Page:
Why selling on service is over-valued

Posted by Matthew Parker

Do you want to hear a scary statistic about customer service?

80% of businesses believe that they deliver superior customer service.  However, only 8% of customers believe that they have experienced superior customer service. (See http://socialfresh.com/customer-service-social/ )

That’s quite a difference in customers’ and companies’ understanding of customer service.  It also demonstrates an important rule in selling printing services.

It is an error to base a print sales approach on customer service

how-to-sell-printing-services

Your customer may not react like this if you sell on your great service

Printing companies that understand this have a better chance of building good relationships with their prospects.  This is because they will be talking to their prospects about what sets them apart from the competition – not what makes them the same.

Printing companies that believe that a sales approach should highlight or even focus on customer service will struggle.  They are more likely to find it difficult to achieve the goals that they have set themselves. This is because their prospects are less likely to see anything that stands out.  So the buying decision will come down to price.

It’s important to remember a basic truth.

Excellent customer service is expected

Buyers expect their suppliers to deliver high standards of service.  It is taken as a given.  High levels of service are rarely an exciting sales proposition.  Buyers don’t see service as a differentiator.

Here are three other reasons why selling on service is a bad idea.

If you sell on service, you may be setting yourself up for a fall

Bear in mind that the majority of companies believe that they deliver excellent customer service.  In fact, four out of five companies think they are delivering superior customer service (i.e. above average customer service). So it stands to reason that not all companies achieve what they think they do.

It may be wise to have a long, hard look at your levels of customer service.  Are they really as good as you think they are?  If you don’t deliver what the customer thinks you will deliver then you ill lose that business.

However, if you do have high levels of customer service you still have a problem.

The customer may not value your service even if it is good

Only 8% of customers say they have experienced superior levels of customer service. That means that some companies are probably working very hard to take care of their customers.  However, their customers do not truly appreciate the levels of service that they receive.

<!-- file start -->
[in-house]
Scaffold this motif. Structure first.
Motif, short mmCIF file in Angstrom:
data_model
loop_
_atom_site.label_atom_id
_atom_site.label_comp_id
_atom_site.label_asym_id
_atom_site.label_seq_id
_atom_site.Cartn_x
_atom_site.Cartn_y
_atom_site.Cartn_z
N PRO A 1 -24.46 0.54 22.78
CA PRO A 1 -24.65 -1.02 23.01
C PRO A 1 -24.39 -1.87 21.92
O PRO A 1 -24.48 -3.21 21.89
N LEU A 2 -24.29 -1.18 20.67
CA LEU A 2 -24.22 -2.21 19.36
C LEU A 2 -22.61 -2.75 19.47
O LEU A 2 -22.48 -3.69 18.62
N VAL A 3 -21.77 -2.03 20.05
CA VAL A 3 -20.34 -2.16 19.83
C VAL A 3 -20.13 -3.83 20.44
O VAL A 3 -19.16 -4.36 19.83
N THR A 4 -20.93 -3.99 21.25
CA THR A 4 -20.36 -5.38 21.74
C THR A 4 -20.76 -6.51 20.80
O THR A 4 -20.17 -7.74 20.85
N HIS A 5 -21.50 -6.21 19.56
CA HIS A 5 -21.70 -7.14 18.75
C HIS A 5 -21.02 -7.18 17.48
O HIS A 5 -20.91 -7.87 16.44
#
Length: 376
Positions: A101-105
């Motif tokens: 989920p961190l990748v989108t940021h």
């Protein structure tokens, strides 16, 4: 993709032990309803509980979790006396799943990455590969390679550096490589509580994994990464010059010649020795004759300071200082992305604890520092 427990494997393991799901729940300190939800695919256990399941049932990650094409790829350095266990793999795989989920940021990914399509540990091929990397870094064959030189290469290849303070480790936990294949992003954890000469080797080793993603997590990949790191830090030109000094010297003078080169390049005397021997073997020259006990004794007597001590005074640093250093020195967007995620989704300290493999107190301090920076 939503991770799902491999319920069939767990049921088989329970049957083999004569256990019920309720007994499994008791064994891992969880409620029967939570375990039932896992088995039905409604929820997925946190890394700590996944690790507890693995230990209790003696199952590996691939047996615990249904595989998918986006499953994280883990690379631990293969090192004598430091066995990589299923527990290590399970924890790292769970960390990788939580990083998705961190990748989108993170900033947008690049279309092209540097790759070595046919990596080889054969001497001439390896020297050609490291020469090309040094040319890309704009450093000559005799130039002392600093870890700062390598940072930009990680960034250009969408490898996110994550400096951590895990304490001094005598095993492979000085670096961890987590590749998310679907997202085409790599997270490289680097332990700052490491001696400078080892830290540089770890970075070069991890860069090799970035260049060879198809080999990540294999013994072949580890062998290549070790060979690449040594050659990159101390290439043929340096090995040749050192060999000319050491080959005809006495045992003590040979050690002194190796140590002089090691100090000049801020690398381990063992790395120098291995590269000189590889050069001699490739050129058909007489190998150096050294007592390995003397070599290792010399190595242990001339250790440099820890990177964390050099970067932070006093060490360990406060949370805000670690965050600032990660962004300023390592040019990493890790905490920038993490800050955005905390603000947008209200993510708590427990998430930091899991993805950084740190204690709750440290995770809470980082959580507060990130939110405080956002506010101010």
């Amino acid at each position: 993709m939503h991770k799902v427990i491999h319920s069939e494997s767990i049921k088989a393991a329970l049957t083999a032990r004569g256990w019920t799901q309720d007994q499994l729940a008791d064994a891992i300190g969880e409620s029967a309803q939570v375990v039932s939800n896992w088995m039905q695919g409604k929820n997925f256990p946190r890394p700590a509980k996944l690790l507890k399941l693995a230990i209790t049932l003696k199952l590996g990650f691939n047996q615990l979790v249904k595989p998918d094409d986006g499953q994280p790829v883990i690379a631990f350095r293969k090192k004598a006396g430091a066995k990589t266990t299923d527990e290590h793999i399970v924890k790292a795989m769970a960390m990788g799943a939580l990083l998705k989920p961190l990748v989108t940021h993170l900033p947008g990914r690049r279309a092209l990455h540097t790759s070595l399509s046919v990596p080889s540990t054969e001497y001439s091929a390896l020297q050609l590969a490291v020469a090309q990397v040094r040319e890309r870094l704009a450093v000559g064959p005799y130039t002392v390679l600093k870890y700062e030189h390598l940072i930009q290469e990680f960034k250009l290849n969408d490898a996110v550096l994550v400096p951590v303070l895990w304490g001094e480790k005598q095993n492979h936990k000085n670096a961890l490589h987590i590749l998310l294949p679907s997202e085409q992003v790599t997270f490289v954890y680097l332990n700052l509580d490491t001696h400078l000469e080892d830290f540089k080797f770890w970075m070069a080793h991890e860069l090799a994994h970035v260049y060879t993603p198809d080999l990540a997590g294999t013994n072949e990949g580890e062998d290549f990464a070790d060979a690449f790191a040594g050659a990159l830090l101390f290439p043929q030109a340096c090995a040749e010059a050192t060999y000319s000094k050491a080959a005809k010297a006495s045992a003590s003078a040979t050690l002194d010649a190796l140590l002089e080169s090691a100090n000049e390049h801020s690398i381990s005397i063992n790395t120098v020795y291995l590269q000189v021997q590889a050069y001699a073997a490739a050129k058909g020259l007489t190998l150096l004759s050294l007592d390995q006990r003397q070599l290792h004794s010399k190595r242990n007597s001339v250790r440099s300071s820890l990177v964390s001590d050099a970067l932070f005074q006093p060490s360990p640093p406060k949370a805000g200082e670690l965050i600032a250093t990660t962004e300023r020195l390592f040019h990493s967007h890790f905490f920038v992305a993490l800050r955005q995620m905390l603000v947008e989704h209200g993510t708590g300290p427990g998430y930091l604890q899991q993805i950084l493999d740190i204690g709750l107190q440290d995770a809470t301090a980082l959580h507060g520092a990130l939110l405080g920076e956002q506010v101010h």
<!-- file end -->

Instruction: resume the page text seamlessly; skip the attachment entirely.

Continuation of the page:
Is there any point on selling on service if the prospect or customer does not properly appreciate service?

There’s another issue too.

Selling on service makes your sales pitch the same as everyone else

I run sales workshops for printing companies. At these workshops, delegates are asked to introduce their companies as if they were pitching to buyers. Service is always a very common element of the initial introduction.  In the last 50 introductions I have seen at workshops, 33 companies highlighted their service.

Talking about service does not make your company stand out in the printing sector. It makes your company sound the same as many, many others.

Is good customer service unimportant?

Absolutely not!  Excellent customer service is vital if you are to retain customers.  It’s just not a compelling part of a sales pitch.

So what should you do instead?

Here’s a quick action point for you

Talk to your customers.  Find out what issues they face in their jobs.  If you sell on solving these issues prospects, you stand a much better chance of making a sale.

Just remember the 80% and the 8%.
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3 Responses to Why selling on service is over-valued

  • Matthew, I agree that service is very important. The mistake that many of us make is just saying that we are great at service in a generic way so there is no competitive differentiation. I might suggest that printers understand what they do better than their competitors by asking their customers and then make these items their competitive advantage. Their competitive advantage should be stated in a quantitative way so it is not generic but specific i.e., we ship 99% of our products on time or we answer 95% of our calls on the 3rd ring, etc.

    • Matthew Parker says:

      Bill, thanks for your comments. I agree that making something specific helps it stick much better in the prospect/customer’s mind.

  • Pingback: 3 features printing companies should avoid in a sales approach | Profitable Print Relationships

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